December 25, 2010 § Leave a comment

So say you lost something – anything – and you’re looking for it in the lost and found.

It’s a bottomless cardboard box with black letters on the side, and filled with a whole multicolored mixture of things – ratty sweaters and smelly sneakers and half-filled waterbottles, shiny change that fell out of jacket pockets and umbrellas with the metal rods twisted up the wrong way.

So you jump into the box, and swim around a little bit, and it’s dark. Really dark. You might feel something on your leg and give a little start of fright, but then you realize that it’s really just your own hand, but it felt so foreign…

And you wonder why.

Why does a physical part of your own being feel like it doesn’t belong, why does it feel instead like it could be a cockroach weighing down on your jeans or the touch of the slimy arm of an unknown’s raincoat, why, why, why can’t you tell if the clothes on your body are really yours or if you’re just being smothered by other lost things, what on earth is that smell, is it you? is it me? or does it even smell at all –

And it turns out that the only option is to sit down, cross-legged, on the floor – if you could even call it that. So you swallow the bile rising in your throat, the disgust in apprehension of what you are about to do, and take a seat. It feels terrible, and you want to throw up. But you’re settled in now, and once you wedge yourself in between the socks and change purses and discolored cardigans, it’s quite comfortable. It’s quite nice, actually. Pretty. Warm. Nice. Comfortable. Nice, yes. Nice. Quite nice.


Are you drunk?


Get out now, you’re being suffocated, someone released carbon monoxide and you can’t even notice yourself sliding down the hills of running shorts and bags and old chapsticks and washcloths and then you’ll be lost, too, but isn’t that what you came for, to get lost, yes, to get found, yes –

And only when you wake up entangled in sheets and stripes and Kleenex boxes, do you think about the stupor, and shudder to yourself, and smile about when you will return.


Lost in Translation

December 25, 2010 § Leave a comment

The light are on in my room.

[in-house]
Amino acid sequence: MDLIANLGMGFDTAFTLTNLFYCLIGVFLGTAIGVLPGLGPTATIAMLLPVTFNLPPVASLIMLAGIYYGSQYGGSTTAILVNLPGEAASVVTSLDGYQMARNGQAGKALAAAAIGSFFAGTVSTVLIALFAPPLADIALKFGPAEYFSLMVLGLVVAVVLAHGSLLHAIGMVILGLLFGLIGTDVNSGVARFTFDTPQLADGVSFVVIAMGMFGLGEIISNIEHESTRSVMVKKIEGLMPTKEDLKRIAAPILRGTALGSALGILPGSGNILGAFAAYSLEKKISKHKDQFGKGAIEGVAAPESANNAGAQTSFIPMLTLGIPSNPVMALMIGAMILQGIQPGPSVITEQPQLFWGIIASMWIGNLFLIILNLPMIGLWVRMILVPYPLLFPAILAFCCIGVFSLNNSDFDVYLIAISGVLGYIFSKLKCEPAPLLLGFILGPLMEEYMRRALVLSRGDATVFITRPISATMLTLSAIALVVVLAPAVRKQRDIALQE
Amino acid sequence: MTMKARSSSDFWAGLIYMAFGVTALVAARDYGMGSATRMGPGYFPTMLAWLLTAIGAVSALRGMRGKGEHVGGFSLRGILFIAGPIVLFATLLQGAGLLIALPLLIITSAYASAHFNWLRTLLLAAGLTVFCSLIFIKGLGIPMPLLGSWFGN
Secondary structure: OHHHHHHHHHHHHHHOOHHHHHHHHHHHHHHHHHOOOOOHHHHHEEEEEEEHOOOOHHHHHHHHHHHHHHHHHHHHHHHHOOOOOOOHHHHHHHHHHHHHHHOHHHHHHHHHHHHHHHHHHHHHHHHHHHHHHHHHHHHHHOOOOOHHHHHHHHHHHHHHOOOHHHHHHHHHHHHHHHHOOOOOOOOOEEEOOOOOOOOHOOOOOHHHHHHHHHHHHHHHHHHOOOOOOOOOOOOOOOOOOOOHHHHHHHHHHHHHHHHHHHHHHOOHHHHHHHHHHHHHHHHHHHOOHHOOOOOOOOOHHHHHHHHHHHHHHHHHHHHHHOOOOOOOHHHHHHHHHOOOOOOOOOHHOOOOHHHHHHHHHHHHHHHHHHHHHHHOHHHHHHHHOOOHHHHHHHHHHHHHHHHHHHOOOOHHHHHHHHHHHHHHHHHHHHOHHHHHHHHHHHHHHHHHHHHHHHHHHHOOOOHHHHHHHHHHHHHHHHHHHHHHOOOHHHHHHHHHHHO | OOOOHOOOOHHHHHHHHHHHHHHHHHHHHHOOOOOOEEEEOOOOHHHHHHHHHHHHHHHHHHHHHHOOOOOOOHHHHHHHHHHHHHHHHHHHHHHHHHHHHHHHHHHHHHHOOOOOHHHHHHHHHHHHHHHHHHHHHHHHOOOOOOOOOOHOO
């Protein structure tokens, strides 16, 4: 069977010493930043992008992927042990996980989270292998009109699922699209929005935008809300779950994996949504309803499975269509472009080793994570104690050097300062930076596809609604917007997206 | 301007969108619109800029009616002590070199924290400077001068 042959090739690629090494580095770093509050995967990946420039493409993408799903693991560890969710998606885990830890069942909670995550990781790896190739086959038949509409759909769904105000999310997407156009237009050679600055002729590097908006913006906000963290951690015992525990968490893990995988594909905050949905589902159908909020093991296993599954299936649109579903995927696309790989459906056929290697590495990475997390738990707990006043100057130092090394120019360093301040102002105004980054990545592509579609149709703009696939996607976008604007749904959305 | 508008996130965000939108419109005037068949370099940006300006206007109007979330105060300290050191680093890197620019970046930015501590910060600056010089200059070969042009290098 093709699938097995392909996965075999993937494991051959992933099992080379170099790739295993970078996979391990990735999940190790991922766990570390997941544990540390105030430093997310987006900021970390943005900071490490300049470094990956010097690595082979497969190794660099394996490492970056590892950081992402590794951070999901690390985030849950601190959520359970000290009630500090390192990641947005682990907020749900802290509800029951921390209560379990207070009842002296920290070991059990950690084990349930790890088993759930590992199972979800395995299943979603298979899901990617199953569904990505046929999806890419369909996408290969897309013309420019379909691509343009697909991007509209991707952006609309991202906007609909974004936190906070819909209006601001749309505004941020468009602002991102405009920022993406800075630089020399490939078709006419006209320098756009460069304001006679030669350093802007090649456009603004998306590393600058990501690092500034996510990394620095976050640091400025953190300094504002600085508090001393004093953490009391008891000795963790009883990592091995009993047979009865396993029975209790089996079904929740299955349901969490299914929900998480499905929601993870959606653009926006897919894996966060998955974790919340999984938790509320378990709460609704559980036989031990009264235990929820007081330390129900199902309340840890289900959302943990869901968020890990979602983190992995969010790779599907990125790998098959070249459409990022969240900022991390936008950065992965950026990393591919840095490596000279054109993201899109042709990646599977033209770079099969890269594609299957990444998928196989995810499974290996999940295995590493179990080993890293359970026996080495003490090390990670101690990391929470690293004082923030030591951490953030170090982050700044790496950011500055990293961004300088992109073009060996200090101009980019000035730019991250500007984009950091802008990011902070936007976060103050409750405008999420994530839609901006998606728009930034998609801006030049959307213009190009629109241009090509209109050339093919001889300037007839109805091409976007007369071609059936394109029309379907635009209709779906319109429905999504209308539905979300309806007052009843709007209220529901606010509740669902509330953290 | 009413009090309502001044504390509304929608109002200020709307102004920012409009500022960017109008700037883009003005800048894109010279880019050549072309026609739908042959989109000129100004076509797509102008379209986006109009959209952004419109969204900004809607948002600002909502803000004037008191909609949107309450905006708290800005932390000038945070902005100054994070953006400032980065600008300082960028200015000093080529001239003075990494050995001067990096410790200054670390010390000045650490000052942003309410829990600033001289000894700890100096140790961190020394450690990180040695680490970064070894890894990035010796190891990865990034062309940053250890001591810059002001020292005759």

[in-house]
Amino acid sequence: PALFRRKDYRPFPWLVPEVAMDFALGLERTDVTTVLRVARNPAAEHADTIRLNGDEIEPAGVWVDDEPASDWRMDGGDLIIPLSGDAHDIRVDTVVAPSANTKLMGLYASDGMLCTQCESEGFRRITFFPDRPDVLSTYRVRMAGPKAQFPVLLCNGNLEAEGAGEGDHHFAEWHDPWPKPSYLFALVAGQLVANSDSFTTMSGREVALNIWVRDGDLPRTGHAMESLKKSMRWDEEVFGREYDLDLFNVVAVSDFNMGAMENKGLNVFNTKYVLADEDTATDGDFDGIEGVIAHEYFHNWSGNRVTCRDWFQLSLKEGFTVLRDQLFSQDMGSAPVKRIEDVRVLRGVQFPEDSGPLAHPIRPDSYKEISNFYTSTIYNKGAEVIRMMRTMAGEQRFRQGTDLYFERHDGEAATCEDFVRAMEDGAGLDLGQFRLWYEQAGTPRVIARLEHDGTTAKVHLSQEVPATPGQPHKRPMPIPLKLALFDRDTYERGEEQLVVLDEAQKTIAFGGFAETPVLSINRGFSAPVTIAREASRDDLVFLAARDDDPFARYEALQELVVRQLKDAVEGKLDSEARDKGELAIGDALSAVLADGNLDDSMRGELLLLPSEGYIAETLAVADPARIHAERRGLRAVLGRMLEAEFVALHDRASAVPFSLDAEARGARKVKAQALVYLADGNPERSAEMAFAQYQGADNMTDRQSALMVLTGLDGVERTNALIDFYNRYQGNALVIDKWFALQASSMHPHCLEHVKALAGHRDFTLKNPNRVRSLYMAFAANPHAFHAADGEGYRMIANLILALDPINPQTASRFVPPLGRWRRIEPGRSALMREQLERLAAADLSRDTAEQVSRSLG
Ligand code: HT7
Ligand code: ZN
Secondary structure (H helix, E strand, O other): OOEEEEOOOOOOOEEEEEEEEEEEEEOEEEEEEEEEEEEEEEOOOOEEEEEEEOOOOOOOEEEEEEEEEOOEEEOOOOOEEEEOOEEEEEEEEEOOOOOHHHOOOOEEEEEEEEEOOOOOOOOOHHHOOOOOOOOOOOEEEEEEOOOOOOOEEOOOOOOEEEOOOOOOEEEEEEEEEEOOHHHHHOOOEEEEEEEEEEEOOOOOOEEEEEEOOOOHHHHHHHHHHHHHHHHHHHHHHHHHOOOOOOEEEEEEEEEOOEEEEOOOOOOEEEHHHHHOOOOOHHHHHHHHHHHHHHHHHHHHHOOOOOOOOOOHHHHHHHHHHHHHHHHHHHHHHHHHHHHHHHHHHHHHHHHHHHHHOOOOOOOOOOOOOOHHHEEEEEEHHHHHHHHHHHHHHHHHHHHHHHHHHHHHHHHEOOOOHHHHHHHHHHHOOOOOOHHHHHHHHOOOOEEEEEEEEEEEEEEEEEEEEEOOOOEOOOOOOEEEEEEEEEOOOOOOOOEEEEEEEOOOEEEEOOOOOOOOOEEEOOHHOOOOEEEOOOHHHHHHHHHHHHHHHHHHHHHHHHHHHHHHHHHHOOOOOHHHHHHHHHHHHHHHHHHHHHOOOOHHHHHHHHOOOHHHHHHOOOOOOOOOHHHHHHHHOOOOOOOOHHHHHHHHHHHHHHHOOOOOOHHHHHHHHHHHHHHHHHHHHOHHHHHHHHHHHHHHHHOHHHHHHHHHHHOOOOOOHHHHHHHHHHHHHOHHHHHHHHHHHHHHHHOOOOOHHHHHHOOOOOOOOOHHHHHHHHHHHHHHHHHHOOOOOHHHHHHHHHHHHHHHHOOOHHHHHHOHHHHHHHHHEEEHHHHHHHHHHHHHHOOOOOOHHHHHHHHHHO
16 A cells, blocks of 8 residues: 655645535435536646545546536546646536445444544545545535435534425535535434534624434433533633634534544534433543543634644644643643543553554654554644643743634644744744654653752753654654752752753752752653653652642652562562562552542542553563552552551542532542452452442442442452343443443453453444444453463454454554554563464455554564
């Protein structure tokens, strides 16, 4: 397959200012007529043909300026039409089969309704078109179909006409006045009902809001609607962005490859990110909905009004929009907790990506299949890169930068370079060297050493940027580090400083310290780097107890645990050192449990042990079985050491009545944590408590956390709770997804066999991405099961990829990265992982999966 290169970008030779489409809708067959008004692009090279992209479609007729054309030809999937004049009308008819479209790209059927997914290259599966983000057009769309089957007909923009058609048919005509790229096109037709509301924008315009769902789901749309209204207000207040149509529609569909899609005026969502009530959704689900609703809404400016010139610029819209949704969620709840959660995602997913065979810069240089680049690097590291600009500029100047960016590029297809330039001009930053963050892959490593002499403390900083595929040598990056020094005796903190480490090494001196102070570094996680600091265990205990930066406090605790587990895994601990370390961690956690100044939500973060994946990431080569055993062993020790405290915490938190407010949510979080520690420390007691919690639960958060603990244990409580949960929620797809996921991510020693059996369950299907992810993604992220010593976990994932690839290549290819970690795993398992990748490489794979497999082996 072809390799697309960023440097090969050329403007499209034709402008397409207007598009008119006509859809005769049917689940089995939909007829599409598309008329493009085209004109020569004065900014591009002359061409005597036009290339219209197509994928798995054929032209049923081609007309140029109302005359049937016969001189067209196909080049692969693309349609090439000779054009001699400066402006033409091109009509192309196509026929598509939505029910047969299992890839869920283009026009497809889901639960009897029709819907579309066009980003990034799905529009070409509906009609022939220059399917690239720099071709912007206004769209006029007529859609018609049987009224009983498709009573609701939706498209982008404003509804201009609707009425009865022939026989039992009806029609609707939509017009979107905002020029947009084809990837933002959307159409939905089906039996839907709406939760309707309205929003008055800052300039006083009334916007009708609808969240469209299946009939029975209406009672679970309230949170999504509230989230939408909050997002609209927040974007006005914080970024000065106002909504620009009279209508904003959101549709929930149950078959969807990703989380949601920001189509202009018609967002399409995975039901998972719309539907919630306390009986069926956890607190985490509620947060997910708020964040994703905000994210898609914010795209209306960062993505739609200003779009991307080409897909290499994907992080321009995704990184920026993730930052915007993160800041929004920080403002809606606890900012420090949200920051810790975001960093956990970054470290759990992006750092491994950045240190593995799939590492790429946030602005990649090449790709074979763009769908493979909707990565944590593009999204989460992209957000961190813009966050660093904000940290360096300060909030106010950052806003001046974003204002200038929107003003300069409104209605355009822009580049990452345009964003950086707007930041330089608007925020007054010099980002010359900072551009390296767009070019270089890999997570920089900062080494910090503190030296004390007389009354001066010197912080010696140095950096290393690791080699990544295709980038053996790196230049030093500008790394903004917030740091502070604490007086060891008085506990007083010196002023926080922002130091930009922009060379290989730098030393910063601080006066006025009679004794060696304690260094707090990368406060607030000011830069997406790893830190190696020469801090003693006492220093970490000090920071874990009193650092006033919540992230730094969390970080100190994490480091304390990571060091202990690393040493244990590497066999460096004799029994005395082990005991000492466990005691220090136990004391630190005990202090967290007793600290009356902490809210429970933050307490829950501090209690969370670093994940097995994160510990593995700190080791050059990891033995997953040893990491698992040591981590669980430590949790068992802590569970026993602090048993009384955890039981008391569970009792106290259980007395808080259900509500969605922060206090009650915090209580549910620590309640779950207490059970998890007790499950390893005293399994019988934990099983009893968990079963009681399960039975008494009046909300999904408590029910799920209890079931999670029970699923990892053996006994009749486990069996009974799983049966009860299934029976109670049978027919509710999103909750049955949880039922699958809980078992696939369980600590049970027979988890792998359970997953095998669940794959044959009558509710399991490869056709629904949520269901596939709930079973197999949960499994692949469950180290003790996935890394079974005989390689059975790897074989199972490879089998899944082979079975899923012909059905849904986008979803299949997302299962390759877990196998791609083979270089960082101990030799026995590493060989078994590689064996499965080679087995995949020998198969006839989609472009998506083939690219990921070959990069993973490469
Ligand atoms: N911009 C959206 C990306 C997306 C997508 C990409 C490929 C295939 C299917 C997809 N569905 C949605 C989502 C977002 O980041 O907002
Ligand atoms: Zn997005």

Not my room, E004 Metcalf Hall, but my room – the one that carries the weight of the past five-odd years, and with it the memories – of my sixteenth birthday party, of countless all-nighters, of changing schools and learning things and growing up and falling down. The same room that carries the books that have been a part of my life since elementary school, that still holds the mark from that one time when I smashed a spider on the ceiling.

At first it felt like slipping on a glove – everything still fit. There, on the second bookshelf, are the boxes whose contents I know like the back of my hand. And under the desk, yes, those are my piles of sketchbooks since sixth or seventh grade.

And there, by the door, lies my big blue suitcase, waiting to be filled up again one mid-January shakes me awake from my homebound stupor.

I’m still feeling the loose threads, the little gaps in comfort in the seams of this glove. Here are all these piles of books and my giraffe measuring spoons and the movie I still need to return to Michaela but somehow something got lost in translation. Because moving location is like translating languages. Please translate, sir, “home” from California to Massachusetts, please translate your definition of privacy please translate your sleeping schedule translate your habits translate your interests now muddled and confused with the possibilities of a future that four years alone seems not enough to prepare for.

I breathe over the dust settled in on the shelf over my desk. Four months of quality dust collecting, this is. Four months suddenly doesn’t seem like much. Life is now counted in increments of home-time and new-home-time. Here’s Boston, here is the T here is the LEAH Project here is responsibility and finals and laundry and waking up to Leah’s alarm. Here also is sleeping in and tulips on my desk and my books, god, my books – here is my whiteboard and my ice skates and my bed that somehow feels much lower than I remember it being. Home.

Sooner than I think (but it will feel like forever), the lights are going to click off again, the suitcase is going to roll out the door, and a new four months of dust is going to collect on the shelves. We’re moving forward, always moving forward.


Most Wonderful Time of the Year

December 25, 2010 § Leave a comment

Life, at the moment, is narrated by Frank Sinatra.

We’re still waiting for it to snow – apparently it snowed for half an hour late Friday night, but by that time I was safe and warm in bed, going to sleep early.

Even though it’s finals weekend, it still feels like the time for red and cream and green and gold and charcoal gray, time for Secret Santa and midnight movies with freshly baked cookies, time for dorm formals in the common room while singing carols and eating cake (time for running around outside naked with a few thousand other people, too, apparently, but that’s irrelevant). Winter, I think, is the most romantic time of year.